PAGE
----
Vehicle Rollover accidents account for one third of auto accident fatalities
Statistics show that approximately 10,000 people in the United States die in vehicle rollovers each year. Rollovers constitute only 3 percent of passenger vehicle crashes, but they are the most deadly, accounting for a full 30 percent of the fatalities.
Additionally, about 24,000 people are seriously injured in rollover crashes in the U.S. each year.
Sport Utility Vehicles (SUV) rollovers
Sport Utility Vehicles (SUV’s), and other tall, narrow vehicles are prone to rollover. After a driver makes an avoidance maneuver they should be able to regain control of their vehicle, or, the vehicle should “slide out” on the road without rolling over. A vehicle should never roll over because of friction forces alone, nor should a vehicle ever roll over on dry flat pavement.
Rollovers will occur off the road when the vehicle furrows in soft ground, after contact with other vehicles, or when the vehicle is tripped by obstructions like potholes or curbs.
15-passenger van rollovers
Rollovers with 15-passenger vans are prevalent. These vehicles are inherently unstable and have a high propensity to roll over which increases as more passengers are added. The more passengers you add, the higher likelihood there is of a tire failure on the rear of the van, which could then result in a rollover.
Data for 1991-2000 in the fatal accident reporting system (FARS) of the National Highway Traffic Safety Administration (NHTSA) indicate about 52 percent of the 15-passenger vans involved in a single-vehicle fatal accident were in a rollover. This compares to 33 percent of passenger automobiles involved in accidents. Additionally, 81 percent of 15-passenger van fatalities are from single-vehicle rollover accidents.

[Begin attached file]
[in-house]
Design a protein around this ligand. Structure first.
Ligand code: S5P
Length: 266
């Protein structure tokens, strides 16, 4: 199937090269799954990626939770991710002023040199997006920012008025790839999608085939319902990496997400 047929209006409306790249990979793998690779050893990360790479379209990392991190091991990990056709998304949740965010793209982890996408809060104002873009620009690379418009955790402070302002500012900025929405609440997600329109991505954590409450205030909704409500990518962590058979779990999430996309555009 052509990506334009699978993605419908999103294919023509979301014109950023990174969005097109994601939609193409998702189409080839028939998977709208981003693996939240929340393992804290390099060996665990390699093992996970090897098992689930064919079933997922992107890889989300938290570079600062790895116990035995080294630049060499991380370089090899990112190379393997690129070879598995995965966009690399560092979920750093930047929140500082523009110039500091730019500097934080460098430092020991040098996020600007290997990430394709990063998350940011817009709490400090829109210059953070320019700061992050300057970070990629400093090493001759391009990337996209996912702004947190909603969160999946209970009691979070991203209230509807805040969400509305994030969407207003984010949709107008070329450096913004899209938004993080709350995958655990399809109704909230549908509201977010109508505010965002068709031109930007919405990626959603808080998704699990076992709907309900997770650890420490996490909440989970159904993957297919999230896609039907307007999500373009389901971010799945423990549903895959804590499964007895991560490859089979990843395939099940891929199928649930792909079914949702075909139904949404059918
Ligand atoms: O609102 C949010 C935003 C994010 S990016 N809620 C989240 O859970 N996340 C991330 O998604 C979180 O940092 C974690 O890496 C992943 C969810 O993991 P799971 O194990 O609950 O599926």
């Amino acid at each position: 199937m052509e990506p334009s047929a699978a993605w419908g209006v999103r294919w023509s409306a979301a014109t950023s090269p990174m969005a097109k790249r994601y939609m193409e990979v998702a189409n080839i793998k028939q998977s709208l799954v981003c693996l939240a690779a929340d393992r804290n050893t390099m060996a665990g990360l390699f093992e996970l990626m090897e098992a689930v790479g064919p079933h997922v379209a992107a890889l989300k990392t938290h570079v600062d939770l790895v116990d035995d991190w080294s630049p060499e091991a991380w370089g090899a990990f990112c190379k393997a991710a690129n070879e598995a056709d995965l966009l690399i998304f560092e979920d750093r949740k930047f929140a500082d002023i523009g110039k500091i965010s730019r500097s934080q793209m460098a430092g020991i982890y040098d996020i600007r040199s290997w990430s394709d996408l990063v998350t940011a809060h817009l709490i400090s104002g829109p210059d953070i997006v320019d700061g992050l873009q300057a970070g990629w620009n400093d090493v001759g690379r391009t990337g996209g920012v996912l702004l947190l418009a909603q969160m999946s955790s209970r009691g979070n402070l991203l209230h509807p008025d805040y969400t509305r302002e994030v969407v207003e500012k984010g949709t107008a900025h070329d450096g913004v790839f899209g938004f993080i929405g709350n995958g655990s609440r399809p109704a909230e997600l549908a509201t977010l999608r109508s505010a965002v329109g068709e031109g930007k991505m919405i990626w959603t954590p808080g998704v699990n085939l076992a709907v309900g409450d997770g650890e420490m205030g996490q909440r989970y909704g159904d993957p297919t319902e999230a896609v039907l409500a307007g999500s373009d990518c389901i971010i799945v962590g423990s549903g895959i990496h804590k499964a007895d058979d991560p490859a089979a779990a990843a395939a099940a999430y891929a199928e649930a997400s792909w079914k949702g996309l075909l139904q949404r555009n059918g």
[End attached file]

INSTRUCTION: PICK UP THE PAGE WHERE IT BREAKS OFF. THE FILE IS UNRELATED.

Unfortunately, the tires on these vans ‘float’ and lose traction with the road when weight distribution is uneven over the axles. Therefore, the vehicle does not respond properly to steering input from the driver, causing control and handling problems that often result in rollover accidents.
These 15-passenger vans are often used to transport school children, church groups, and sports teams.
NHTSA research reported in 2001 that 15-passenger vans with 10 or more occupants had a rollover ratio of 85 percent compared with the ratio of 28.3 percent for vans with fewer than five occupants.
Signs of a potential rollover problem
There may be a rollover/stability problem if:
- the vehicle rolls over on the roadway;
- the paved road is smooth and dry; tire marks on the roadway end abruptly;
- and there is no “tripping mechanism” such as a pothole or curb.
Do you have a rollover claim?
If your loved one has suffered a serious injury or death as a result of a vehicle rollover injury, you may be entitled to compensation for medical expenses, loss of wages, and pain and suffering.
Please contact our rollover lawyers today by filling out the brief questionnaire, or by calling our toll free number (1-800-898-2034) for a free, no-cost, no-obligation legal evaluation of your case.